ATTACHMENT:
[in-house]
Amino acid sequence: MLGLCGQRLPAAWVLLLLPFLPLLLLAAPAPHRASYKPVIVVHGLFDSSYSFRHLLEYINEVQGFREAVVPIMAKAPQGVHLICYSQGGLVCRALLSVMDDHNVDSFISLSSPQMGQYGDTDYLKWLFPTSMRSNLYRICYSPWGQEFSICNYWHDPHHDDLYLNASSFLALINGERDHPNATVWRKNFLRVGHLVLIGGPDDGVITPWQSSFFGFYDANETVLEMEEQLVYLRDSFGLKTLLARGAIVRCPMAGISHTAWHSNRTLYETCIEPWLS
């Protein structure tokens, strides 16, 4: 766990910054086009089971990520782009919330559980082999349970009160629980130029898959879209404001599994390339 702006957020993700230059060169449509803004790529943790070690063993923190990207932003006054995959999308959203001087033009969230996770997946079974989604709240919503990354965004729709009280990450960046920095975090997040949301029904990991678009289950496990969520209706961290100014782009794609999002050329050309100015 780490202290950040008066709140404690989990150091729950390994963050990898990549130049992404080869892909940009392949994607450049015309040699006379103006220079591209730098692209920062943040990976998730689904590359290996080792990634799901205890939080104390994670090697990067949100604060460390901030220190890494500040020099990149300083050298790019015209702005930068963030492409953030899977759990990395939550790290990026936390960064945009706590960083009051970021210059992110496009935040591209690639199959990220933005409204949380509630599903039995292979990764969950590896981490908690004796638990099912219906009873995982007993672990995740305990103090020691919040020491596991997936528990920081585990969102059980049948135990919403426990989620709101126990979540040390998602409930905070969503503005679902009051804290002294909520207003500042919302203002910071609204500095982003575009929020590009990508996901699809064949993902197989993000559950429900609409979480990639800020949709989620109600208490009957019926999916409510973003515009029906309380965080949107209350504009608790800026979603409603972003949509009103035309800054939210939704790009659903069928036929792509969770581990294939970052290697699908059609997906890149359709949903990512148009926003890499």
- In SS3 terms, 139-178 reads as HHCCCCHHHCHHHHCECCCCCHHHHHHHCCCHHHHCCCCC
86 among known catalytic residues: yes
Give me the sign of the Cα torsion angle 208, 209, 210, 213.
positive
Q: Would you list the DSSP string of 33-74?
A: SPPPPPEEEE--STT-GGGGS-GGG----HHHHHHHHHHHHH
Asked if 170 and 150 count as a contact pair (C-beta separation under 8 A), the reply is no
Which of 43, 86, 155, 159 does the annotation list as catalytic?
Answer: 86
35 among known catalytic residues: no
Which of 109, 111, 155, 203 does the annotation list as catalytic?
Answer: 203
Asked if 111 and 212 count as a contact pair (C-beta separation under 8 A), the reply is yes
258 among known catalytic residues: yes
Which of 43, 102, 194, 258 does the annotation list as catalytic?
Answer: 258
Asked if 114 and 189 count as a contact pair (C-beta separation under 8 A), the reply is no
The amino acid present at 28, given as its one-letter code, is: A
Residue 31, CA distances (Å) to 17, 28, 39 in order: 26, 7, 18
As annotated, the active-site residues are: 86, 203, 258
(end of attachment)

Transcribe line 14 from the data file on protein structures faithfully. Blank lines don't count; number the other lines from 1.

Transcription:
Which of 109, 111, 155, 203 does the annotation list as catalytic?